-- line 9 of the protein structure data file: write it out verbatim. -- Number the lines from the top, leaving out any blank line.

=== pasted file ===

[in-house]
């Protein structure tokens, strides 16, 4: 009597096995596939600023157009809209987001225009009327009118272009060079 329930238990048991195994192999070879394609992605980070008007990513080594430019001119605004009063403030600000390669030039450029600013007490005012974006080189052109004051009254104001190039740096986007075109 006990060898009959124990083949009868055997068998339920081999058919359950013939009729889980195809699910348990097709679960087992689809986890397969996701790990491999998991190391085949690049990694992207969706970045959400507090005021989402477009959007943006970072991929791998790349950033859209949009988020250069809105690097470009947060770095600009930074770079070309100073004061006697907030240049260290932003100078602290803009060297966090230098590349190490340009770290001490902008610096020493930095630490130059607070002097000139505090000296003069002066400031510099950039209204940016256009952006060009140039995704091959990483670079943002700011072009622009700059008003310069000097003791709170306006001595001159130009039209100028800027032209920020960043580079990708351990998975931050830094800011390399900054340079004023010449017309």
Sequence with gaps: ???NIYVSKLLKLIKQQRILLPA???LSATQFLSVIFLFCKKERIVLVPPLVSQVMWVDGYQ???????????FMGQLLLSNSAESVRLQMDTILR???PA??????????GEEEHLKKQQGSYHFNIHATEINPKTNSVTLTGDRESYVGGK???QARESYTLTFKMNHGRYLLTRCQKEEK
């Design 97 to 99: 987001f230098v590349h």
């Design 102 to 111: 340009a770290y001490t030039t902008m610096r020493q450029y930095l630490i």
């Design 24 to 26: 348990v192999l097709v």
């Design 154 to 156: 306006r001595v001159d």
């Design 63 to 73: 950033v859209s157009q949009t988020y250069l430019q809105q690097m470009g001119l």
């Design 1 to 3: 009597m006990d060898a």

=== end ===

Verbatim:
């Design 1 to 3: 009597m006990d060898a």